If you’re new to planks, it helps to start with your hands elevated on a bench or even the wall. The higher your hands, the easier it is to hold. Once you get more comfortable, you can start to lower your hands until you’re on the floor. 

Plank Jack

Plank jacks are a fun plank alternative if you want more movement. Start in a high plank with your palms flat on the floor shoulder-width apart. Your shoulders should be stacked directly above your wrists; remember to engage your core and glutes and extend your legs behind you. 

The next step is to jump your feet out to the sides and back in, just like jumping jacks. Keep your hips stable; you don’t want them bouncing up and down as your move your feet in and out. Continue for a set amount of time. 

We love this one because the jumping motion brings dynamic movement to the plank and increases your heart rate. If you find your hips moving too much, tap your toes out one at a time instead of jumping.

Forearm Plank

For a forearm plank, start on your hands and needs first. Lower down to your forearms so that your elbows are directly underneath your shoulders. Keep your palms down and fingertips facing forward, and keep your forearms parallel to each other. 

Then lift your knees off the ground, and adjust your feet so that your legs are fully extended and straight. Avoid arching your back, but keep your core, quads, and glutes tight.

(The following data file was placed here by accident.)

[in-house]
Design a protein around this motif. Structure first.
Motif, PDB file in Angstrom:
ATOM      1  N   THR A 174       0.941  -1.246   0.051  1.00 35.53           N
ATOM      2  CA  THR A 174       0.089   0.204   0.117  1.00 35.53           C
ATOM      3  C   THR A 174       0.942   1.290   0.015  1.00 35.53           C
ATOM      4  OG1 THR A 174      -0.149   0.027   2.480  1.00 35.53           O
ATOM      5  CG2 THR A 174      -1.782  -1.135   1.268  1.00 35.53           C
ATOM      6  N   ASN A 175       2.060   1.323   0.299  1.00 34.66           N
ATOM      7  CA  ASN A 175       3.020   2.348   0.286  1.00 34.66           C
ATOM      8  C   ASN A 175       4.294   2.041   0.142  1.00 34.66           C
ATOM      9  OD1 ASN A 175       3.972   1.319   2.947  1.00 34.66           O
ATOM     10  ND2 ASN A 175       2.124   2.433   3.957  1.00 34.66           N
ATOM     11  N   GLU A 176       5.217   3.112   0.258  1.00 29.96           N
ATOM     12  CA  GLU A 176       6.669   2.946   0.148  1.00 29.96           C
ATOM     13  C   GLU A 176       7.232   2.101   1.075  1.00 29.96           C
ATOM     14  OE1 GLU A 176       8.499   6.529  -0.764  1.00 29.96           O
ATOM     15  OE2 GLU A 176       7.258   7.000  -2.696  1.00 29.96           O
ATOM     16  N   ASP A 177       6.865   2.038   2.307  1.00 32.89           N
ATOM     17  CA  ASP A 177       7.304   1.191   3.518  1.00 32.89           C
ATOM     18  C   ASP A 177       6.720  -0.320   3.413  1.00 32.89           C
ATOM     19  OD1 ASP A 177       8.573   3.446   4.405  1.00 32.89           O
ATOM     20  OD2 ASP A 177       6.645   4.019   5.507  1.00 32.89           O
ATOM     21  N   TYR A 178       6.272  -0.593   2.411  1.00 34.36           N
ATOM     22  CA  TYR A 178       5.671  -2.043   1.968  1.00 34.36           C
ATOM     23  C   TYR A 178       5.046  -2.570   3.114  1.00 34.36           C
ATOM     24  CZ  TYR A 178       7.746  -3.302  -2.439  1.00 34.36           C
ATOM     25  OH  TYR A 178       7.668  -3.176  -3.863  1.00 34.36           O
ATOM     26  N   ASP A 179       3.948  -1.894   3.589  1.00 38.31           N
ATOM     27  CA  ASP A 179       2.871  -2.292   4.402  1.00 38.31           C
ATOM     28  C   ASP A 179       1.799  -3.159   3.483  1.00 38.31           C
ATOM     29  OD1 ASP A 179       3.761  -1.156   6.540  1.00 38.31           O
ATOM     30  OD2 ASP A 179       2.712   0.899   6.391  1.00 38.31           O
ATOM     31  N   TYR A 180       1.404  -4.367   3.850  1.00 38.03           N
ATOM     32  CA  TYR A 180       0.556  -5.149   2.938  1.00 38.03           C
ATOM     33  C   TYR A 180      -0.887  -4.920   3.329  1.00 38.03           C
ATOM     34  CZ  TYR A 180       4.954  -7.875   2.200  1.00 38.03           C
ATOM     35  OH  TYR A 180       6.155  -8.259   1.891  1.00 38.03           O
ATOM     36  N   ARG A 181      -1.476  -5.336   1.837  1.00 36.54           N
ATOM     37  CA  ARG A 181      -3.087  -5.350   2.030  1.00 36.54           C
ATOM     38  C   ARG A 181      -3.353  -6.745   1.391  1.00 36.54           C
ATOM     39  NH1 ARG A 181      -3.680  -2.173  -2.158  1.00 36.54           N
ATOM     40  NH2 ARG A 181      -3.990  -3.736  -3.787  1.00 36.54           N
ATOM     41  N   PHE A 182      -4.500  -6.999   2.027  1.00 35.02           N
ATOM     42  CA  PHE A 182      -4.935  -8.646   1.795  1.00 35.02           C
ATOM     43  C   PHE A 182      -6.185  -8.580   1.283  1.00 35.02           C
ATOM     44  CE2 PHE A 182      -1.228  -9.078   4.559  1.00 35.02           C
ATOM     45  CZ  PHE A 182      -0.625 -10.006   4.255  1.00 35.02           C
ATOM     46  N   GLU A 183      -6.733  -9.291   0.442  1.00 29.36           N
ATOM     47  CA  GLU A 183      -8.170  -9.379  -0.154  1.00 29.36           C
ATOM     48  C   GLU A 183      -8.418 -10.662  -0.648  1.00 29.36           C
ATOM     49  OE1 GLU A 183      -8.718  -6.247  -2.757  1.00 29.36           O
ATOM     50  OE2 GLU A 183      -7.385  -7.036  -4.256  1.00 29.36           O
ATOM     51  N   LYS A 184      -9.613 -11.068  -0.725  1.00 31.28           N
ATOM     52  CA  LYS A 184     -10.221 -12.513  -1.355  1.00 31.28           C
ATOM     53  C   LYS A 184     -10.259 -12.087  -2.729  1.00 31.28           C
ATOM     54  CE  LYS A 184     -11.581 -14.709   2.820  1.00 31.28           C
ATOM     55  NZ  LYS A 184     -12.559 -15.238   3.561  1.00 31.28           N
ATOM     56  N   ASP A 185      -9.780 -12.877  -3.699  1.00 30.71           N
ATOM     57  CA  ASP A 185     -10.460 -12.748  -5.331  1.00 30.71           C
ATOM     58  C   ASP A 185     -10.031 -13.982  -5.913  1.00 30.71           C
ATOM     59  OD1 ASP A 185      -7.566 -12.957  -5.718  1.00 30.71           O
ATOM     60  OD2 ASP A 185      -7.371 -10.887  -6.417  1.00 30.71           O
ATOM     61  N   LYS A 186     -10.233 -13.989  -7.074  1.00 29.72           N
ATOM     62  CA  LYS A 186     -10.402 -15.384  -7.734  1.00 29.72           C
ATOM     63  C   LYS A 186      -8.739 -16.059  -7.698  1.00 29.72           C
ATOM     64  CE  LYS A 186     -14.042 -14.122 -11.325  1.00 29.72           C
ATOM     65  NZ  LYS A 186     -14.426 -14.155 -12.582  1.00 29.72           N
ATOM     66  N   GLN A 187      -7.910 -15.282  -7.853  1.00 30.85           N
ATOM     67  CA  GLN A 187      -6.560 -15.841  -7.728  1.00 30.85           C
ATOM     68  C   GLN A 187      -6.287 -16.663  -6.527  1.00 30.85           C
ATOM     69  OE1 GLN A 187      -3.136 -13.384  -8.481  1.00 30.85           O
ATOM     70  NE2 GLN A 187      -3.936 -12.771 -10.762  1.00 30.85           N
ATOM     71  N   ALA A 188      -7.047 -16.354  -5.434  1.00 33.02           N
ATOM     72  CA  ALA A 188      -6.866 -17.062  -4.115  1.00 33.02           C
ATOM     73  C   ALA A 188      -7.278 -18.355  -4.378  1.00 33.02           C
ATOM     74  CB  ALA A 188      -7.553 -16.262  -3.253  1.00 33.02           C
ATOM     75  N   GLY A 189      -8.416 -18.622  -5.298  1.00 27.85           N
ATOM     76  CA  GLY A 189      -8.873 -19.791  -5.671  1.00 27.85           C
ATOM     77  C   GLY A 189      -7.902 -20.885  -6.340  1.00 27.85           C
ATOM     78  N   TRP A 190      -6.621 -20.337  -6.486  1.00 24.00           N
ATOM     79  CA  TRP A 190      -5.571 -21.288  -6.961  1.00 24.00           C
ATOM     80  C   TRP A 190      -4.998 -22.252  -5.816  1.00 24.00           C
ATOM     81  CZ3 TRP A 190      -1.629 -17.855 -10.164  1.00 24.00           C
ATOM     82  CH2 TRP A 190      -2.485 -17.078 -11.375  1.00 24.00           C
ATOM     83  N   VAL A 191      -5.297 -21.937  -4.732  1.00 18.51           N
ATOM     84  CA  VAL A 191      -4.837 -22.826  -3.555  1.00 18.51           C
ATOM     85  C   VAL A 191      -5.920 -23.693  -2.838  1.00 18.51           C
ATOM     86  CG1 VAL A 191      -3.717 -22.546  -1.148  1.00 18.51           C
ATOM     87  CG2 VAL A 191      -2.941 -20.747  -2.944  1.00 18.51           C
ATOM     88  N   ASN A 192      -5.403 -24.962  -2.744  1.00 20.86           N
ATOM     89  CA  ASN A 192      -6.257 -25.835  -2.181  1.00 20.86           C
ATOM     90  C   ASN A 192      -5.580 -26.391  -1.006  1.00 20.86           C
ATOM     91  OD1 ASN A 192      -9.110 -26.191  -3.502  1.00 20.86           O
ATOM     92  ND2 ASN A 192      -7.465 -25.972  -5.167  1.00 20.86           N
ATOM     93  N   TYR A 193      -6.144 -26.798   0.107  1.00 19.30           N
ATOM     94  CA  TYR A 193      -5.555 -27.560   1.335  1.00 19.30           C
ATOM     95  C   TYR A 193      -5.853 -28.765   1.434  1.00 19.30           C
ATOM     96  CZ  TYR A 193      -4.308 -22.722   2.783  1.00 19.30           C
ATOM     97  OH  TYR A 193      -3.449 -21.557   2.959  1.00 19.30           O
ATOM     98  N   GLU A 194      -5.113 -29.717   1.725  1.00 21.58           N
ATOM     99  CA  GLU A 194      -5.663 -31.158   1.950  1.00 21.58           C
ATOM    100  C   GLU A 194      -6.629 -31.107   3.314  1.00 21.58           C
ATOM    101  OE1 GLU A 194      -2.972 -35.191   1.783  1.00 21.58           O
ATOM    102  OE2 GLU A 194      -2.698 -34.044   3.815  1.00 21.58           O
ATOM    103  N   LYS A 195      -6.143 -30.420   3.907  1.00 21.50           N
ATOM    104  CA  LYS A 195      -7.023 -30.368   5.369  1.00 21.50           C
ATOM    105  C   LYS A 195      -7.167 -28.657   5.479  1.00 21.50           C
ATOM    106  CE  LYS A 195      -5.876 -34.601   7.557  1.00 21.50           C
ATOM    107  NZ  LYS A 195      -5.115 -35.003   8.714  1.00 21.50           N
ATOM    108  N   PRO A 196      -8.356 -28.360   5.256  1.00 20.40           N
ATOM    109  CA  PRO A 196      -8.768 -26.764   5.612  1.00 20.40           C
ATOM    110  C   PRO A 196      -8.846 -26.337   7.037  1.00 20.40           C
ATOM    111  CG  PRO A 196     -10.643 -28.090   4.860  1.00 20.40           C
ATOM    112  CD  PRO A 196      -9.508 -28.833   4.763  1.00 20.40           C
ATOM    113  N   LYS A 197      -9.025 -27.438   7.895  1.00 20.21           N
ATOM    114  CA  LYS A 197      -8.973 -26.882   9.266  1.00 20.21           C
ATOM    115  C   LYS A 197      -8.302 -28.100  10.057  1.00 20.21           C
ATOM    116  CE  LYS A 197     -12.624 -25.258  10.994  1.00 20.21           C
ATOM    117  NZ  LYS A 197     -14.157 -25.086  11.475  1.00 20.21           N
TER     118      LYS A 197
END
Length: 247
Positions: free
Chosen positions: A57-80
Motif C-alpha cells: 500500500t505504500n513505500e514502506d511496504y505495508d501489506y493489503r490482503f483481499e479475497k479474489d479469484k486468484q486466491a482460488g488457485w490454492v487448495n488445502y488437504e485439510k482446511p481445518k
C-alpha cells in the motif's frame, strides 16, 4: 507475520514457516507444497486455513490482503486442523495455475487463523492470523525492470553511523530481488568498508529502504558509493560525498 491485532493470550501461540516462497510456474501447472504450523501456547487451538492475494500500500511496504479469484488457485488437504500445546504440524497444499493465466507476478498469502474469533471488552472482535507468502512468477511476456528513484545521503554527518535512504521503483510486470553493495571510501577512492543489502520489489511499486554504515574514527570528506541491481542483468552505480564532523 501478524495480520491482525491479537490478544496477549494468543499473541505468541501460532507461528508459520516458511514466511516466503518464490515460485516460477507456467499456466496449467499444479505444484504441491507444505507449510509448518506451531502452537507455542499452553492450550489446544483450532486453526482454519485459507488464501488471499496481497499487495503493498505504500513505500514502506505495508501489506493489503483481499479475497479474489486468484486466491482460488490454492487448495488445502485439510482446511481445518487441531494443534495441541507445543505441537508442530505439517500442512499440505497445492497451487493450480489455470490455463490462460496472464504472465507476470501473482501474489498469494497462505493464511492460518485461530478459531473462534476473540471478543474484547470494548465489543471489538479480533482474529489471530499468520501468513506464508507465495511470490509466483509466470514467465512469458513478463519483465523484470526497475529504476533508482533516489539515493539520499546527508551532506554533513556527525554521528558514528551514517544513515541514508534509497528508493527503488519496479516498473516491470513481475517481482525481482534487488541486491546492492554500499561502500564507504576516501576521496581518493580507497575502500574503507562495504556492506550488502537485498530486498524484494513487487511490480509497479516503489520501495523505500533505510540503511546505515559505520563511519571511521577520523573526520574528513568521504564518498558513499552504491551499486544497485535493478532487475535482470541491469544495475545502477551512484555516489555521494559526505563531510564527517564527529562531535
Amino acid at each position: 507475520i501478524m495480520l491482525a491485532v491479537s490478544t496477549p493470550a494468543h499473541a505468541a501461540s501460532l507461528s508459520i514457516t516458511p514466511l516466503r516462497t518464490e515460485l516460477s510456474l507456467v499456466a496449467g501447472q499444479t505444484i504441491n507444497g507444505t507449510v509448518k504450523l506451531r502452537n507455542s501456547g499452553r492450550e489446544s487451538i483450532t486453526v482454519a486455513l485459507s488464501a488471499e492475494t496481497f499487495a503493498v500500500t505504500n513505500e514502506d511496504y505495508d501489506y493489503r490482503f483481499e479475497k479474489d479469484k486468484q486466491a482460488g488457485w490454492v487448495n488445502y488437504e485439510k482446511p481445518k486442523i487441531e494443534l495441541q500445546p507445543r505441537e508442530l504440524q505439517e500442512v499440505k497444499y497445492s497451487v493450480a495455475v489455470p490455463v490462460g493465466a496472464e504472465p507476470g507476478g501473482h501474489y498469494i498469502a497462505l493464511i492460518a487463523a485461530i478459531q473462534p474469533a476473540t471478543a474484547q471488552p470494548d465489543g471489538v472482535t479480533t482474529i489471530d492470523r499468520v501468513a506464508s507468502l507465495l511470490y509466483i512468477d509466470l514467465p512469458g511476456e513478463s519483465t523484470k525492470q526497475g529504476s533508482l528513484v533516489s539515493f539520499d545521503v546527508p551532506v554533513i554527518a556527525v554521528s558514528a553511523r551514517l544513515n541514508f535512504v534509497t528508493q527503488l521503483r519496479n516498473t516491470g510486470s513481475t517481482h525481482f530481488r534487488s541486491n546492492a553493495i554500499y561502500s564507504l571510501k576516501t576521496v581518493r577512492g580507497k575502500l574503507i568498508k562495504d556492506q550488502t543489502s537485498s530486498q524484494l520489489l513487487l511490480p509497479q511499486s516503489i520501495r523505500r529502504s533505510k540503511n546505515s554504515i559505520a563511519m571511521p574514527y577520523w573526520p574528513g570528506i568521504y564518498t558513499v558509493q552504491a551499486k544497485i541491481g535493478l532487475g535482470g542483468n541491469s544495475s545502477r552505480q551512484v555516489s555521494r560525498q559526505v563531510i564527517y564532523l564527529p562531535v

Remember that your form matters more than the time you spend in the position. When you engage your muscles properly, even a short duration will feel challenging.

Plank Up-Down

The plank up-down is another fun one on our list of plank workouts. Start in the high plank position. Lower your right arm so your forearm is on the floor and then follow with your left until you are in the forearm plank position. Place your left hand back on the floor to extend your arm, and follow with the right, so that you end back in a high plank. This is one rep. Alternate which arm you start with for each rep. 

As you move through this routine, keep your hips as still as possible and engage your core. You don’t want to swing from side to side. If you’re struggling with form, widen your legs to give you a firmer foundation.

Plank Reach

The last variation we want to talk about is the plank reach. Start in a forearm plank. Then reach forward with one arm and tap the floor in front of you. Return to starting position. Repeat with the other arm. 

As you alternate between reaches, ensure you engage your core, and avoid dropping your hips toward the floor. Alternate as quickly as possible (without sacrificing form, of course!).